NJ Cannabis Bills Signed Into Law, Establishing Adult Use, Possession, and Decriminalization


Gov. Phil Murphy signed into law bills decriminalizing marijuana possession and establishing a recreational cannabis marketplace in New Jersey, but it will be a longer wait for commercially available products.

By Matt Skoufalos | February 22, 2021

NJ Gov. Phil Murphy signs cannabis laws. Credit: Office of the Governor of NJ.

This morning, Governor Phil Murphy signed into law a trio of bills legalizing cannabis for adults 21 and older, decriminalizing possession of up to six ounces of marijuana, and establishing the framework for a recreational cannabis industry in New Jersey.

New Jersey voters had overwhelmingly approved a ballot measure legalizing adult-use, recreational cannabis in the November 2020 elections, but legislative negotiations about how to equitably establish a market for marijuana products and enforce prohibitions on underage cannabis consumption had dragged on for months thereafter.

With the governor’s signature on the bills Monday, the state officially begins taking steps forward on both those issues.

“As of this moment, New Jersey’s broken and indefensible marijuana laws, which permanently stained the records of many residents and short-circuited their futures, and which disproportionately hurt communities of color and failed the meaning of justice at every level, social or otherwise, are no more,” Murphy said in a press briefing.

“In their place are laws that will usher in a new industry based on equity, and will reinvest dollars into communities; laws which promote both public health, by promoting safe cannabis products, and public safety, by allowing law enforcement to focus their resources on serious crimes,” he said.

“And yes, we are fulfilling the will of the voters by allowing adult-use cannabis while having in place commonsense measures to deter its use among kids,” Murphy said.

“This process has taken much longer than anticipated, but certainly it is better to get things done right than fast, and to ensure that all voices are heard, and all views are considered,” he continued.

“This process might have had its fits and starts, but it is ending in the right place.”

NJ Sen Nicholas Scutari. Credit: Nicholas Scutari.

New Jersey State Senator Nicholas Scutari (D, NJ-22), one of the primary sponsors of the cannabis legislation, said the enactment of the new laws will lead New Jersey toward “a normalized society where marijuana’s no longer criminalized.”

“We can end this needless cycle of police interactions,” Scutari said. “It’s been a decades-long struggle.”

Although the New Jersey Cannabis Regulatory Commission has yet to officially establish the rules that will govern the structure of the state’s cannabis marketplace, Murphy’s signing these bills into law does create a couple of immediate impacts to cannabis users in the Garden State.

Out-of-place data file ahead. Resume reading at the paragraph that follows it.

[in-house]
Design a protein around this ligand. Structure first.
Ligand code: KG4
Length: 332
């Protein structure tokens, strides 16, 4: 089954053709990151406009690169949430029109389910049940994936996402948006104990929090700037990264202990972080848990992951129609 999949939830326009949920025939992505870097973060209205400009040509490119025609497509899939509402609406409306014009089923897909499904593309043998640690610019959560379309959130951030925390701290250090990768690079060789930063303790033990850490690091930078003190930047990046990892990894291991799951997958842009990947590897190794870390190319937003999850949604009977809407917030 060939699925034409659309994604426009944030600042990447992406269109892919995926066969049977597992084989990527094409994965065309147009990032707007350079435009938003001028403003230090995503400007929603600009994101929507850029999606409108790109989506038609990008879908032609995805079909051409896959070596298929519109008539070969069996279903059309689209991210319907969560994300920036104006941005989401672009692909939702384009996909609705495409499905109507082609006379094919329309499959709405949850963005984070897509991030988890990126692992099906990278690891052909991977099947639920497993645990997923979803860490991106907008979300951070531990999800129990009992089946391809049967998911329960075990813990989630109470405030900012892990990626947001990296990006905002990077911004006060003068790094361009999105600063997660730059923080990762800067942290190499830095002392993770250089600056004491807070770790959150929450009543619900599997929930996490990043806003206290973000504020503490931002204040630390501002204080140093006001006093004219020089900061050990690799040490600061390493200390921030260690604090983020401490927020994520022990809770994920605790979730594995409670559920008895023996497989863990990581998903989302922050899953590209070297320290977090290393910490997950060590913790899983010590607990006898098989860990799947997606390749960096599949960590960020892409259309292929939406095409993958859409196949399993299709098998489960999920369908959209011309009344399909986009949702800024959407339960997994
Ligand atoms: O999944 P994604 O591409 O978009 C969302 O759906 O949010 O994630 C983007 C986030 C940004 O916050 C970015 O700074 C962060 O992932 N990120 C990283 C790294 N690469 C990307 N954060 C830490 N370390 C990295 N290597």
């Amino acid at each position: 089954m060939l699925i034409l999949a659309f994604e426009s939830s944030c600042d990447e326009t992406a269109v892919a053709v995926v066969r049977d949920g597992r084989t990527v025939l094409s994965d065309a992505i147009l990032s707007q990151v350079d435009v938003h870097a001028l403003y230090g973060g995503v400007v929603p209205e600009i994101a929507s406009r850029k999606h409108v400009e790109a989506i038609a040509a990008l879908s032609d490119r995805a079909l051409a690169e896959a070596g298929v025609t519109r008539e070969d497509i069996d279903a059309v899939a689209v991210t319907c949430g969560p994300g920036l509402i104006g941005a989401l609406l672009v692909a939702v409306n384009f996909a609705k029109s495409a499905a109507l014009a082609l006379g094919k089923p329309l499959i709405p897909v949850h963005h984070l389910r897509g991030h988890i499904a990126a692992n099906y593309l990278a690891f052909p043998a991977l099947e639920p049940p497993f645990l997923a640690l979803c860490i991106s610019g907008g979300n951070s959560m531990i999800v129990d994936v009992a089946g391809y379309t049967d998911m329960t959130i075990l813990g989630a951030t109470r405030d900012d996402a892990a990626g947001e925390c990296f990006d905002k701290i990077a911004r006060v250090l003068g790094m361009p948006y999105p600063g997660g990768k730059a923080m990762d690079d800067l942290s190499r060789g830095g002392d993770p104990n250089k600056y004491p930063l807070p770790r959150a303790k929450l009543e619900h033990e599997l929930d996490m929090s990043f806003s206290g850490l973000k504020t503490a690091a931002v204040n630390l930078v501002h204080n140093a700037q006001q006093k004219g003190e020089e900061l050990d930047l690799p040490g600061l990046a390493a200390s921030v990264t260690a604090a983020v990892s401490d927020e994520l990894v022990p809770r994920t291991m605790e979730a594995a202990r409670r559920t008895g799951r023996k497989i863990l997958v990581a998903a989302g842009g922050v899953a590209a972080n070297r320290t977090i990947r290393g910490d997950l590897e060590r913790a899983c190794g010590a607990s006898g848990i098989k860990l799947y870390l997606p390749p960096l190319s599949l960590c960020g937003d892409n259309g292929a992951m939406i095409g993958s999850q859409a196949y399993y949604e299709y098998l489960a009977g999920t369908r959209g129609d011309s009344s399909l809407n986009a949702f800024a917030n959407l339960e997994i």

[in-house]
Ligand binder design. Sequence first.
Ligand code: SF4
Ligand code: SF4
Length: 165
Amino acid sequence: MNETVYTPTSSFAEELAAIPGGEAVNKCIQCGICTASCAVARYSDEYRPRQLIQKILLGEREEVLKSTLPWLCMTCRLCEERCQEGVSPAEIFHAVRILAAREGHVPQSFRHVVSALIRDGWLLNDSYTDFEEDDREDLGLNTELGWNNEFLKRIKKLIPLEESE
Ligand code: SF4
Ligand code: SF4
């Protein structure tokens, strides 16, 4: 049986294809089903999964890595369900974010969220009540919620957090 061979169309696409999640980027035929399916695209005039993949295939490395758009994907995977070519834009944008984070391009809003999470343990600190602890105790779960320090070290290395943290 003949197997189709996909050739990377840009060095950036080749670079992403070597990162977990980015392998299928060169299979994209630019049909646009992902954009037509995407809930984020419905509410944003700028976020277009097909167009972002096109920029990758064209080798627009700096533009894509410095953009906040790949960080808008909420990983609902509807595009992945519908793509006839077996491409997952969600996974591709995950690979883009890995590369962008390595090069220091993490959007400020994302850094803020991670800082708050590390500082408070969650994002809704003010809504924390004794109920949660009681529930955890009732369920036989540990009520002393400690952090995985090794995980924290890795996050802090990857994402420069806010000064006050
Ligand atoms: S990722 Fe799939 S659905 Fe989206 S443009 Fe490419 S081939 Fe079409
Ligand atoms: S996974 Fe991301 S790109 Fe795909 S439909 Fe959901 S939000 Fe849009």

For a start, the laws eliminate criminal and civil penalties for possession of up to six ounces of marijuana, and downgrade the penalty for sale of up to one ounce of the drug to a warning for first offenders and fourth-degree (disorderly persons) charges for subsequent offenses.

Private consumption of the drug in its various forms is immediately permissible by adults 21 and older, and anyone arrested for possession of marijuana as recently as January 20 will have those charges administratively dismissed, according to Scutari’s legislative director, Harris Laufer.

Furthermore, “marijuana arrests are to stop immediately, and police are no longer allowed to use [cannabis]  odor as a determining factor for arrest,” Laufer said.

For juveniles found in possession of cannabis (or alcohol) products in New Jersey, the laws establish a tiered system of warnings, parental notification, and referrals for services rather than arrests and criminal prosecutions.

The language of the bill also notes that “a person under the legal age to purchase cannabis items is not capable of giving lawful consent to a search to determine a violation of this section, and a law enforcement officer shall not request that a person consent to a search for that purpose.”

Penalties still remain in place for those operating vehicles under the influence of a controlled substance, be it alcohol or cannabis, and New Jersey’s indoor smoking bans still apply to the consumption of cannabis.

After NJ voters overwhelmingly passed the recreational cannabis referendum, an unknown person modified the Collingswood signage to reflect the outcome of the vote. Credit: Matt Skoufalos.

In addition to establishing New Jersey’s cannabis marketplace, the Cannabis Regulatory Commission must also tackle other related issues, from ensuring the reinvestment of cannabis tax funds into communities disproportionately affected by cannabis arrests, to creating an equitable process for the expungement of cannabis-related criminal records.

These were among several concerns cited by the New Jersey chapter of the American Civil Liberties Union (ACLU) in a statement accompanying Murphy’s announcement Monday:

“The bill does not include several important justice measures, such as: restoring dedicated funding for expungement, limiting random workplace drug testing, and, crucially, closing a loophole that allows well-resourced businesses to claim and benefit from impact zone applicant status rather than residents. Advocates also vow to push for home-grow, which has implications for equity and racial justice.”

For local governments, the issues around how to best incorporate a framework for establishing their communities’ local cannabis industries similarly remain (see our prior coverage here).

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